Breaking the cycle of abuse begins with the conscious decision to declare, “The abuse stops NOW.”
As someone who jumped from one abusive environment to another, I can say that, yes, it took me a while to “get it.” Abuse was all I ever knew and, sadly, it was the norm for me. So normal, in fact, that I didn’t recognize the many red flags that are now so glaringly apparent in my hindsight. For me, “abuse” meant physical beatings. Those sorts of stories made the news, while the other, more subtle types of abuse weren’t labeled as such.
It is for this reason that I truly believe we must educate future generations about the dynamics of all types of abuse. There should never be a question of what’s abuse and what isn’t. The information available be clear-cut: “If [this] is repeatedly happening to you, it’s abuse.” It doesn’t matter if it’s all you’re used to experiencing. It doesn’t matter if you’ve been made to feel as though it’s your fault. It doesn’t matter if your abuser “sometimes” makes you feel loved, wanted, desired and that everything is okay. If you can predict, without a shadow of a doubt, that the abuse will happen again, be assured: nothing will ever change or get better. Your abuser wants you to think, for a little while, that things aren’t bad enough that you’ll want to leave. S/he has to show you that s/he didn’t really mean it or that you are somehow to blame for the way things go. Not. S/he is buying more time and chances to control you. There are no excuses.
Breaking the cycle isn’t easy. Once you recognize and accept that you’re in an abusive relationship, everything becomes clearer. It’s what you do with that knowledge that’s very important. Consider the fact that your abuser must want to change and take every step possible towards rehabilitation; if s/he does not, s/he will continue to abuse you for as long as you stay and allow it to happen. By staying, you are giving your abuser license to treat you badly and, chances are, s/he has you believing that you’re to blame or that you deserve it because you’re worthless and provoke their anger. “If you would just stop pressing my buttons/making me SO mad, everything would be okay.” There are no excuses and that sort of treatment is not out of love. Think about it. Love is uplifting, joyous, security, intimacy, affection, supportive.
Again, breaking the cycle isn’t easy. Being afraid of living independently is daunting, particularly with your abuser’s script, running through your head, mocking your ability to exist without him. But as someone who escaped that dysfunctional, oppressive environment, I can attest to the wonderful feeling I had, knowing I could lock him OUT of MY house, where he couldn’t abuse me anymore. For over 4 years, I have taken care of myself and my children, cherishing the control I have over my life. I can do what I want, when I want, where I want, however I want, with whomever I want without having to explain why. I am still healing (not an overnight process), but I’m finding it easier to heal old wounds, knowing there won’t be fresh ones to nurse.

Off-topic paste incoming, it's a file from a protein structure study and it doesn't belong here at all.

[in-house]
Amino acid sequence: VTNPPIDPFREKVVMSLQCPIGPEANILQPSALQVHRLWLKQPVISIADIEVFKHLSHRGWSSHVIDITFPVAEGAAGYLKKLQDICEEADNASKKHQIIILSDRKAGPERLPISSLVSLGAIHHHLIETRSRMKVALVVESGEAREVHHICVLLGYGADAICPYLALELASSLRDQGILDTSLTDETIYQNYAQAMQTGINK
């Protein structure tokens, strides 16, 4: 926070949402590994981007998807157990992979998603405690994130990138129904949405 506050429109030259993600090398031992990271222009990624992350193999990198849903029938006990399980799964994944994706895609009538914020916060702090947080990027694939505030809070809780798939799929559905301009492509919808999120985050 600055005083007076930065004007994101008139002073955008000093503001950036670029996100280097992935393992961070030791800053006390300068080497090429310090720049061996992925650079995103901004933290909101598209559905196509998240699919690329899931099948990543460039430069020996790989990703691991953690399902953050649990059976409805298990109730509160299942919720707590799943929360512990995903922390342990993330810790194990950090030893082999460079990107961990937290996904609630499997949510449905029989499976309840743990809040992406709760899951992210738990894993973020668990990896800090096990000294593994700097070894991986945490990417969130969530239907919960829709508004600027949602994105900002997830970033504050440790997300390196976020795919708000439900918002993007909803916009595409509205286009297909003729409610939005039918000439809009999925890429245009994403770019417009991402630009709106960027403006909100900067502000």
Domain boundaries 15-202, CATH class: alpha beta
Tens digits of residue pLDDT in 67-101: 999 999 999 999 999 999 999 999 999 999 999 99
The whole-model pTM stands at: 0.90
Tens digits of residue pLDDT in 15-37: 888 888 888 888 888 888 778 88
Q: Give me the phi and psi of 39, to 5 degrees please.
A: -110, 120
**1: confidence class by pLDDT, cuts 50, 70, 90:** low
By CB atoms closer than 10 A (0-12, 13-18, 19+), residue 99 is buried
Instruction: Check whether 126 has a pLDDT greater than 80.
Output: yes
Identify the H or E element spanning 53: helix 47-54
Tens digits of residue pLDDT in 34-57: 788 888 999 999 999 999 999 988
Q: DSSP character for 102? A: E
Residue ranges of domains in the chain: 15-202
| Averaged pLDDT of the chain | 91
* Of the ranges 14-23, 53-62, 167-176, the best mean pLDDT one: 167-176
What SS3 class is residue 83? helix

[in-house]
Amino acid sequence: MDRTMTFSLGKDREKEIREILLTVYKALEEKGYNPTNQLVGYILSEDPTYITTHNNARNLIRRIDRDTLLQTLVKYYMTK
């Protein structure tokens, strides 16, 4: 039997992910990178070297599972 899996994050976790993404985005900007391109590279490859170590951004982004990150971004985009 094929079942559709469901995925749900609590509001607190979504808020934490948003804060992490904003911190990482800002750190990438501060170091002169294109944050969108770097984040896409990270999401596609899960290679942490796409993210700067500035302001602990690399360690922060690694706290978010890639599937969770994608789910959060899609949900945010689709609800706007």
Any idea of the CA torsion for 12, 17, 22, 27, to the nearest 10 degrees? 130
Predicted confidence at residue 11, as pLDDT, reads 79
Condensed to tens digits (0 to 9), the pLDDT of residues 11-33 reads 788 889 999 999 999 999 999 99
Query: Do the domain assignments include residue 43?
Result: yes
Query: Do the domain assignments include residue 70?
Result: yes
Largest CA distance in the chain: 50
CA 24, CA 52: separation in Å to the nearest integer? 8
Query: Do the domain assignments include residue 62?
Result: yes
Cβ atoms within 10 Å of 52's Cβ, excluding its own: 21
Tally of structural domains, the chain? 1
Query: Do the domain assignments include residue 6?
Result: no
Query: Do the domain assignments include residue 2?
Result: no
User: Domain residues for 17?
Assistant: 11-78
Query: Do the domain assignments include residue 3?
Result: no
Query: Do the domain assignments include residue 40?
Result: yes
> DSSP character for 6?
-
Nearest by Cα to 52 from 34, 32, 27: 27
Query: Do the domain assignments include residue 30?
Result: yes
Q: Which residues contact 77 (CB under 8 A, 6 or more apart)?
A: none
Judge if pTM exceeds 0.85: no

Breaking the cycle isn’t just about escaping the abuse itself. The healing process involves a lot of work, on your part, to prevent repeating that cycle in your new life and in future relationships. It’s a constant effort that will span the rest of your life.
~ Repair your spirit. Build up your self-esteem/confidence. When you value your self-worth and celebrate who YOU authentically are, you will hold others to a higher standard of respect and treatment.
~ Educate yourself thoroughly about all aspects of abuse: how to spot red flags, how to recognize abuse, all the types of abuse/symptoms, why abusers seek control/power over their victims, what makes YOU susceptible to abuse (VERY IMPORTANT! If you know your weaknesses beforehand, you will know when someone’s trying to exploit those weaknesses).
~ Make a list of the “tolerable” and “intolerable” behaviors for reference points in future relationships. Make a personal declaration: “I do not NEED a relationship to feel whole and I will walk away from any relationship that shows signs of being dysfunctional.”
~ Establish your independence, in all aspects. If you are self-reliant, you will be in a better position to walk away from any relationship without worry.
~ Build up a solid support network and, if someone you trust raises any concerns about a potential life partner, please take them seriously. Sometimes abuse is more apparent to someone who can see things more objectively than from an emotional standpoint.
~ Share your experiences, but don’t let your experiences define you. For a while, I would actually bring up the abuse right away and wear it like a badge. Now, I only talk about it if it’s relevant to the conversation.
~ Keep a journal to record your progress and for therapy.
~ Learn to appreciate all of your wonderful qualities and celebrate the special person you are. Don’t hang on to the criticism, negativity, insults or feelings of worthlessness. You are a wonderful someone who deserves happiness. Believing otherwise gives away YOUR power.
As always, we’re here to help.